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Emmanuel Lubezki

Emmanuel Lubezki

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Also Known As: Emmanuel Lubezki Morgenstern, Chivo Lubezki Died:
Born: Cause of Death:
Birth Place: Mexico Profession: director of photography, producer

Biography CLOSE THE FULL BIOGRAPHY

Arguably one of the world's best directors of photography and the best Mexican cinematographer of his generation, award-winning Emmanuel Lubezki shot to prominence with the success of "Like Water for Chocolate" (1991), directed by Alfonso Arau and has gone on to a career that has encompassed independent films as well as mainstream Hollywood fare.

Arguably one of the world's best directors of photography and the best Mexican cinematographer of his generation, award-winning Emmanuel Lubezki shot to prominence with the success of "Like Water for Chocolate" (1991), directed by Alfonso Arau and has gone on to a career that has encompassed independent films as well as mainstream Hollywood fare.

Filmographyclose complete filmography

CAST: (feature film)

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Milestones close milestones

:
Began taking still photographs at age 12
1987:
Shot second unit work on "Gaby - A True Story"
1989:
Produced "El Camino Largo a Tijuana", the feature directorial debut of Luis Estrada
1991:
Debut as director of photography "Bandidos/Bandits", helmed by Estrada; also produced
1991:
First collaboration with director Alfonso Cuaron, "Love in the Time of Hysteria"
1992:
Breakthrough feature as a cinematographer, "Like Water for Chocolate", directed by Alfonso Arau; (US release in 1993)
1993:
Reteamed with Estrada for "Ambar"
1993:
Served as cinematographer on the American independent "Twenty Bucks"
1993:
US debut as Cinematographer for the two segments of the Showtime anthology series "Fallen Angels," the Cuaron-directed "Murder, Obliquely" and the Tom Hanks directed "I'll Be Waiting"
1994:
Shot "Reality Bites", directed by Ben Stiller
1995:
Earned richly deserved Academy Award nomination for "A Little Princess", directed by Cuaron
1995:
Reteamed with Arau for "A Walk in the Clouds"
1996:
Was director of photography on "The Birdcage", helmed by Mike Nichols
1998:
Fourth film with Cuaron, the contemporary remake of "Great Expectations"
1998:
Shot "Meet Joe Black"
1999:
Garnered widespread praise and an Oscar nomination for Tim Burton's "Sleepy Hollow"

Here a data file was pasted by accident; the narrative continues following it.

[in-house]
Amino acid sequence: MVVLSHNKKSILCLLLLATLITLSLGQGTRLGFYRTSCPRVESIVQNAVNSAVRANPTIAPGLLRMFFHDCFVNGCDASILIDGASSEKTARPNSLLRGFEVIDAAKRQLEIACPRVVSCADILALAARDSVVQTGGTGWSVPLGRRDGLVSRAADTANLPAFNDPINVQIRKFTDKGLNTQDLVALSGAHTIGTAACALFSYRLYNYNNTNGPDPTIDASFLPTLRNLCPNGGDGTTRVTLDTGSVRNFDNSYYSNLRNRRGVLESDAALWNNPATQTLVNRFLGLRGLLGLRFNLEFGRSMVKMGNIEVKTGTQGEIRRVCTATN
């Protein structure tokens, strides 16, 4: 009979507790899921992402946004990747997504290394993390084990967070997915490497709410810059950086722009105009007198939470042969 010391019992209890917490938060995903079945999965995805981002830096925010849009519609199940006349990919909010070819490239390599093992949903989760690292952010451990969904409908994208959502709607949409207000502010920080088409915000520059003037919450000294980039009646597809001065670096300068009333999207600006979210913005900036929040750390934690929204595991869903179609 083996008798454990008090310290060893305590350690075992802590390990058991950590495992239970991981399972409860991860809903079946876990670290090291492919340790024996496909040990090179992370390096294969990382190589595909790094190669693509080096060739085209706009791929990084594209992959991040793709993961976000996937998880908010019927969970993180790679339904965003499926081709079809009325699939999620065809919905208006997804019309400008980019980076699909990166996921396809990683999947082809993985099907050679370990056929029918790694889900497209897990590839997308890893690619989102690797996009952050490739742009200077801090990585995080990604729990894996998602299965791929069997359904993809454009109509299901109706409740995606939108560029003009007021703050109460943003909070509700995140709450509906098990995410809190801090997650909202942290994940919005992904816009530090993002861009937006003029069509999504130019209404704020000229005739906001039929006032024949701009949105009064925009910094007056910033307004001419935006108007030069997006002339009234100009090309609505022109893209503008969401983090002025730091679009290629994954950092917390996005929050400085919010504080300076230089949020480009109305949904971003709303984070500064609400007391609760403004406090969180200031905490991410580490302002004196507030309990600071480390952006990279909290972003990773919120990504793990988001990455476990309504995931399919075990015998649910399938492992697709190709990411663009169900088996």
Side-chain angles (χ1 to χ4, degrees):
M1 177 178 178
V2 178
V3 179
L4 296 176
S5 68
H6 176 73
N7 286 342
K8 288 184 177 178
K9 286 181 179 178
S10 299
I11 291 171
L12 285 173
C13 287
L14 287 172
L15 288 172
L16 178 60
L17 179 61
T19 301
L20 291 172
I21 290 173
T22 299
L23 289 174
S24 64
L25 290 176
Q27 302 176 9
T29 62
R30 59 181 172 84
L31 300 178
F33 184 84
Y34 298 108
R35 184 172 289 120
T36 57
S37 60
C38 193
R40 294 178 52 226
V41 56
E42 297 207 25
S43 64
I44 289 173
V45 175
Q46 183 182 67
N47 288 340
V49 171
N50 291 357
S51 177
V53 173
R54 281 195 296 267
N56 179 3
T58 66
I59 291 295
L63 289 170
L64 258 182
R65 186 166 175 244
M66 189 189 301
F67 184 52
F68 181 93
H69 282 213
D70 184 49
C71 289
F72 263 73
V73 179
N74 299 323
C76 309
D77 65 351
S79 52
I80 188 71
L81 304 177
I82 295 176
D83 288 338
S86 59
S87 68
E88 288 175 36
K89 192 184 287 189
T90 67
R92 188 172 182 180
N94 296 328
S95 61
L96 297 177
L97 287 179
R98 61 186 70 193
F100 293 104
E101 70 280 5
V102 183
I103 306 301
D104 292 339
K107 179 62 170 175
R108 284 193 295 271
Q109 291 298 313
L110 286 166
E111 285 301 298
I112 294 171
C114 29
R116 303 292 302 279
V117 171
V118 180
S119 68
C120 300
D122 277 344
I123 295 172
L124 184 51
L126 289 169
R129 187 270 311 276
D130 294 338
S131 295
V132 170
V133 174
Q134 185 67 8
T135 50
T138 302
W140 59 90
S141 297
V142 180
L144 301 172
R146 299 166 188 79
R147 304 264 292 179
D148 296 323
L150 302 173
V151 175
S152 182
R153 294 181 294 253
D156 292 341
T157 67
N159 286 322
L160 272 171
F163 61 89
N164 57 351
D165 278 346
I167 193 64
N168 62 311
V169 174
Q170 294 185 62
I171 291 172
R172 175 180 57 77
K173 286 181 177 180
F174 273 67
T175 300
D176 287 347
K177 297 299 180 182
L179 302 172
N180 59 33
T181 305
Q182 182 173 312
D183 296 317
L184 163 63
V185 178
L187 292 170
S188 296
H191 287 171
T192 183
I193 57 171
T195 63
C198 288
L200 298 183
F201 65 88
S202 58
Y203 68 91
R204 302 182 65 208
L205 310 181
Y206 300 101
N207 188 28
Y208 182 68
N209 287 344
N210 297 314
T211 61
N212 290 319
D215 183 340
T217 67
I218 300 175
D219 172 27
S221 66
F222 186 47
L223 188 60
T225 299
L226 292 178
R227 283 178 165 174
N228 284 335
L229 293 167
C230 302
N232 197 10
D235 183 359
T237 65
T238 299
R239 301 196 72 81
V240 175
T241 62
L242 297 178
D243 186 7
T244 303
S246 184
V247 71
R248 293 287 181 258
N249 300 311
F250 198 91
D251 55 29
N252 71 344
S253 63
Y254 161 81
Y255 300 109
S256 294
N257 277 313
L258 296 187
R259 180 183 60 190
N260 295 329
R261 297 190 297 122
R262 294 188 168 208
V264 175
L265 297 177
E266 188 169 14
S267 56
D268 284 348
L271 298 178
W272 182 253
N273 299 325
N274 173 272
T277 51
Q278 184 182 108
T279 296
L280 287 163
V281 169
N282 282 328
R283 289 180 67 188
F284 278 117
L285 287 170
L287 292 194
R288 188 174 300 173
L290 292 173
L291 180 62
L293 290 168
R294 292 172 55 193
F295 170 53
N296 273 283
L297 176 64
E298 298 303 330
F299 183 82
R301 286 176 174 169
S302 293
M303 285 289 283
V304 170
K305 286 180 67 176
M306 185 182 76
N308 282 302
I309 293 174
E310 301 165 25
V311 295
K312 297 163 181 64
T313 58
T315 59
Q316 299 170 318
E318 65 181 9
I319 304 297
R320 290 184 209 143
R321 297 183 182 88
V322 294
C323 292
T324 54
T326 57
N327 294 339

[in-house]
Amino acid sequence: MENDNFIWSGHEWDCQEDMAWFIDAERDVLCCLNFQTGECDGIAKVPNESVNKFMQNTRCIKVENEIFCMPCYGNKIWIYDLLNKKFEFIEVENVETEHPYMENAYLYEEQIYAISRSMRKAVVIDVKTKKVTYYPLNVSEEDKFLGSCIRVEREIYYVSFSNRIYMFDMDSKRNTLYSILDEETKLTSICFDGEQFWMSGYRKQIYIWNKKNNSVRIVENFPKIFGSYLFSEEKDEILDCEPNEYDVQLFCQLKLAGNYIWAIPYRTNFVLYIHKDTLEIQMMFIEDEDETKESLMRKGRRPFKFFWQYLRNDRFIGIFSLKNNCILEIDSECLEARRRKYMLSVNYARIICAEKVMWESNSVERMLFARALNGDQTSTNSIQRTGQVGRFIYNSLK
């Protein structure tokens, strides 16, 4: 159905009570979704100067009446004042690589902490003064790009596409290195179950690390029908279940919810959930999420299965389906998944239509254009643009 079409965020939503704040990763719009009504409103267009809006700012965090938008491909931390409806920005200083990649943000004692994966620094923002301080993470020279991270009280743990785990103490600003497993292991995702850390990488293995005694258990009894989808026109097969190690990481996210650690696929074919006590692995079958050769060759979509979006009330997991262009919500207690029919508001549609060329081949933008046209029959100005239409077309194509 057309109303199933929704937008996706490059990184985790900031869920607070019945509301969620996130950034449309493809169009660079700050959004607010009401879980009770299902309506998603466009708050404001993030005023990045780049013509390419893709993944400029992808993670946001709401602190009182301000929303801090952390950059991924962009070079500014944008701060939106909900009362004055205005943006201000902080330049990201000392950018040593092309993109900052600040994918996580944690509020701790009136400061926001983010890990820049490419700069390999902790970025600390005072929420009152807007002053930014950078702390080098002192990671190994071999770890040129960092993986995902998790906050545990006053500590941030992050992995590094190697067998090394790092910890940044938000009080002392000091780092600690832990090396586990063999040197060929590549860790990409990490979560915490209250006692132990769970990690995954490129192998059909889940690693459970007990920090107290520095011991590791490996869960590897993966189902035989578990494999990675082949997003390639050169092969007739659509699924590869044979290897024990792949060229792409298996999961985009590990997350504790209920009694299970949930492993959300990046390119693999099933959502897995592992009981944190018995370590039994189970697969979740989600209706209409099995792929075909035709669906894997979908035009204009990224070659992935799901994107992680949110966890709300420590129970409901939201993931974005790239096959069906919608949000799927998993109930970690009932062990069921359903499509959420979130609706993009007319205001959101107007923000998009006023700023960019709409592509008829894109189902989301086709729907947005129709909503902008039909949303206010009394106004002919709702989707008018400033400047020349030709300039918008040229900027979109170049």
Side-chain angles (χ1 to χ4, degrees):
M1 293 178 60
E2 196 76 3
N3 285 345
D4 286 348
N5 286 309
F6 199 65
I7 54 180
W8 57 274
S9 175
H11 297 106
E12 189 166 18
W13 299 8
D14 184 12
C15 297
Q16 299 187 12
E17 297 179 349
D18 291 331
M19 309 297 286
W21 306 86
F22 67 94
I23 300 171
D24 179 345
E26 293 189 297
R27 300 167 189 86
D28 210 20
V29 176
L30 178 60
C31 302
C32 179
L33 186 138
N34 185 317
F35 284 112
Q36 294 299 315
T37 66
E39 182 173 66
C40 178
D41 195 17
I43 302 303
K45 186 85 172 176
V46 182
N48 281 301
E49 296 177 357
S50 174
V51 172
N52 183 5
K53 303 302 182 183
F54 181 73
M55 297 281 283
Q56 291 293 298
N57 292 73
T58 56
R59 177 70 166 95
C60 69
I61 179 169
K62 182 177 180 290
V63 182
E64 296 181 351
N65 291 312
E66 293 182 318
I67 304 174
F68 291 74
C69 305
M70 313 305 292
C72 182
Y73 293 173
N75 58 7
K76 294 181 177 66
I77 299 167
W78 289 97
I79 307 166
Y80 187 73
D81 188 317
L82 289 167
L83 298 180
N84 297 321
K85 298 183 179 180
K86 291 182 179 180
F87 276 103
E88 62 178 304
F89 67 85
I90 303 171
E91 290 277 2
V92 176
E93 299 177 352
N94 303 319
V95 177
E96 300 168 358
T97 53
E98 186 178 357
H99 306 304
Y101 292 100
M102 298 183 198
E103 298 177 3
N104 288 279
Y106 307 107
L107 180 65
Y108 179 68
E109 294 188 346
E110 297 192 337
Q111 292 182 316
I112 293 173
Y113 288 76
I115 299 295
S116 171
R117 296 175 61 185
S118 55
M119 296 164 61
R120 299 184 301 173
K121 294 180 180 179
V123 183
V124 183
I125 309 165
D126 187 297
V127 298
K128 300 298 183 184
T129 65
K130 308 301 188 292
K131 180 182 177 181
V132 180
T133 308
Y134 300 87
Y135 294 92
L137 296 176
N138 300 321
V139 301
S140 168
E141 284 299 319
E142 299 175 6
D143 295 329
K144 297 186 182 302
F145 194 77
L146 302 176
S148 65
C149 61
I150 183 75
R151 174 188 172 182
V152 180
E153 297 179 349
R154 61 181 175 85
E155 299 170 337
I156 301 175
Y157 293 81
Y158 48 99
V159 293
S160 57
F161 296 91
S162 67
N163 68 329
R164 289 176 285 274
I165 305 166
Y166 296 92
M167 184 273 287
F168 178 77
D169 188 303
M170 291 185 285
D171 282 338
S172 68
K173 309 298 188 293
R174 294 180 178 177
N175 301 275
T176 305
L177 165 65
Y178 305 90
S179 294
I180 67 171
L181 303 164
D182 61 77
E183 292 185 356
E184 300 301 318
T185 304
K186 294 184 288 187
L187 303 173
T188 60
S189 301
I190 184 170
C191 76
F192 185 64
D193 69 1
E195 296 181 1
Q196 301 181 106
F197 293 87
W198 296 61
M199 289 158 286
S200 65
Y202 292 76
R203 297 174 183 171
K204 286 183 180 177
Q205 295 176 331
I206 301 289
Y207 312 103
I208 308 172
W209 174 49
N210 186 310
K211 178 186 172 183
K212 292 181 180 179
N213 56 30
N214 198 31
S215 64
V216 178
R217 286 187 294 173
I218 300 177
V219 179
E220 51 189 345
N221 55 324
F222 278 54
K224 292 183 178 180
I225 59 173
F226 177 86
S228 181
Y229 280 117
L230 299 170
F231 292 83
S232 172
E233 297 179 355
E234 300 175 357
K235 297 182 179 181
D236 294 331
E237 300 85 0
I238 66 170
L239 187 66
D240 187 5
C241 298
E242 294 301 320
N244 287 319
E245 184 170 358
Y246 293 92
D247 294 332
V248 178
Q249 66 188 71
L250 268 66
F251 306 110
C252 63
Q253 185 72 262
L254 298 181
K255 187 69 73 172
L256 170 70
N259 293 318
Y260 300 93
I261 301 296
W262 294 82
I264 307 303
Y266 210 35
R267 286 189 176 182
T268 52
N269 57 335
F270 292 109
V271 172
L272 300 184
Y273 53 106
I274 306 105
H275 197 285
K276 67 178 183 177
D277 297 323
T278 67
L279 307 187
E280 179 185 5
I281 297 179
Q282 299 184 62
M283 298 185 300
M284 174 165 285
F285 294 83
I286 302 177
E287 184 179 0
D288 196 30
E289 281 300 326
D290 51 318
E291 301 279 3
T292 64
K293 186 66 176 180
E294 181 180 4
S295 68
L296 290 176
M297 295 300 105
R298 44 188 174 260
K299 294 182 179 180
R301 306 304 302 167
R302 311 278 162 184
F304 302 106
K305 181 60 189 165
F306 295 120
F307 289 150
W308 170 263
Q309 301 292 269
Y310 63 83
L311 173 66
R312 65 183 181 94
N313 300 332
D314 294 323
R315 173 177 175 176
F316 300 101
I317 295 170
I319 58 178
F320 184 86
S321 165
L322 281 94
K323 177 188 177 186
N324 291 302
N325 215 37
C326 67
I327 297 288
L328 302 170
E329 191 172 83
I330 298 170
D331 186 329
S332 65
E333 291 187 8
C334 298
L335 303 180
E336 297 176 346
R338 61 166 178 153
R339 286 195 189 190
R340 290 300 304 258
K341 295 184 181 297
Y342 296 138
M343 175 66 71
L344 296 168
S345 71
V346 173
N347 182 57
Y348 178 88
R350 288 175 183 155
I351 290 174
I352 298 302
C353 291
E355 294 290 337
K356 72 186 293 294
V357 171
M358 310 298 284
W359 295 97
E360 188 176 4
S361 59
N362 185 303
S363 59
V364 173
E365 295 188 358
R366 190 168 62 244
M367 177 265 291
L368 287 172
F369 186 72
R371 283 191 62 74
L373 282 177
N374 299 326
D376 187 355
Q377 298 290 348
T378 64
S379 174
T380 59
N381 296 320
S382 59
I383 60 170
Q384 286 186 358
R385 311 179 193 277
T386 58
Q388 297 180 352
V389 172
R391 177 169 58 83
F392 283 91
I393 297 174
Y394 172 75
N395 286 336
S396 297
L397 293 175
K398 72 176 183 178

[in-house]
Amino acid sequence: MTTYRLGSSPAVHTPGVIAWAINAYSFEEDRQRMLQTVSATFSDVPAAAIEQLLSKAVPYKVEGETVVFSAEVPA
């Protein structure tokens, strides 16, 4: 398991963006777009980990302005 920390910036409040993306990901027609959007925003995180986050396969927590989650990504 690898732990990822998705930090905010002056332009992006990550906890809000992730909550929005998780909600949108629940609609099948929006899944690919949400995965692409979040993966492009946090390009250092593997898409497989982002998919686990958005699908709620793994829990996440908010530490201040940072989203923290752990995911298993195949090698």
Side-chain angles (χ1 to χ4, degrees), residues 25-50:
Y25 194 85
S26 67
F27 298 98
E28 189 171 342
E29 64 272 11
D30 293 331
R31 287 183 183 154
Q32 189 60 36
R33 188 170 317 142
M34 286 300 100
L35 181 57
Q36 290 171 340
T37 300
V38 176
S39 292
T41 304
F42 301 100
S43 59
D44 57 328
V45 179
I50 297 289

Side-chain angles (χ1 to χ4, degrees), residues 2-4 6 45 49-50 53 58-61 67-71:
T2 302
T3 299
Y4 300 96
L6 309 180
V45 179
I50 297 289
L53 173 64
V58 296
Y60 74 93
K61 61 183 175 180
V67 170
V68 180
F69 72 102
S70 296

2000:
Director of Photography for "Things You Can Tell Just by Looking at Her" the directorial debut for Rodrigo Garcia; premiered at Sundance (aired on Showtime in 2001)
2001:
Served as cinematographer on "Ali"
2002:
Was director of photography on "Frida"
2002:
Reteamed with director Alfonso Cuaron for "Y Tu Mama Tambien"
2005:
Received third Oscar nomination for his work on Terrence Malick's "The New World"
2006:
Reteamed with director Alfonso Cuaron for "Children of Men"; earned an Oscar nomination for Best Cinematography
2011:
Lensed Malick's "The Tree of Life"
2013:
Reunited with Cuaron for "Gravity"
VIEW ALL MILESTONES

Education

National University: -

Notes

"When I saw the movie ['The Little Princess'] I didn't even remember shooting it. It was the first time that had happened to me. The music, the images, the acting, and the editing all blended together, and suddenly I was trapped in the movie. It was a great feeling; I must have cried three times." --Emmanuel Lubezki in American Cinematographer, June 1996

"Before each movie I do a lot of tests. The producers don't love that, but I do them very closely with the director so that there are no surprises. You establish a look from the tests and then you try to be consistent for the whole movie." --Lubezki in American Cinematographer, June 1996

"Every project is completely different. I don't have any set style. That depends on the director and the script. Before shooting any movie, I try to see a lot of films to find ideas that I can use to tell my own stories. But the important thing to remember is that cinematography is not an end unto itself, and doesn't mean anything without the rest [of the production values]." -- Emmanuel Lubezki in American Cinematographer, June 1996

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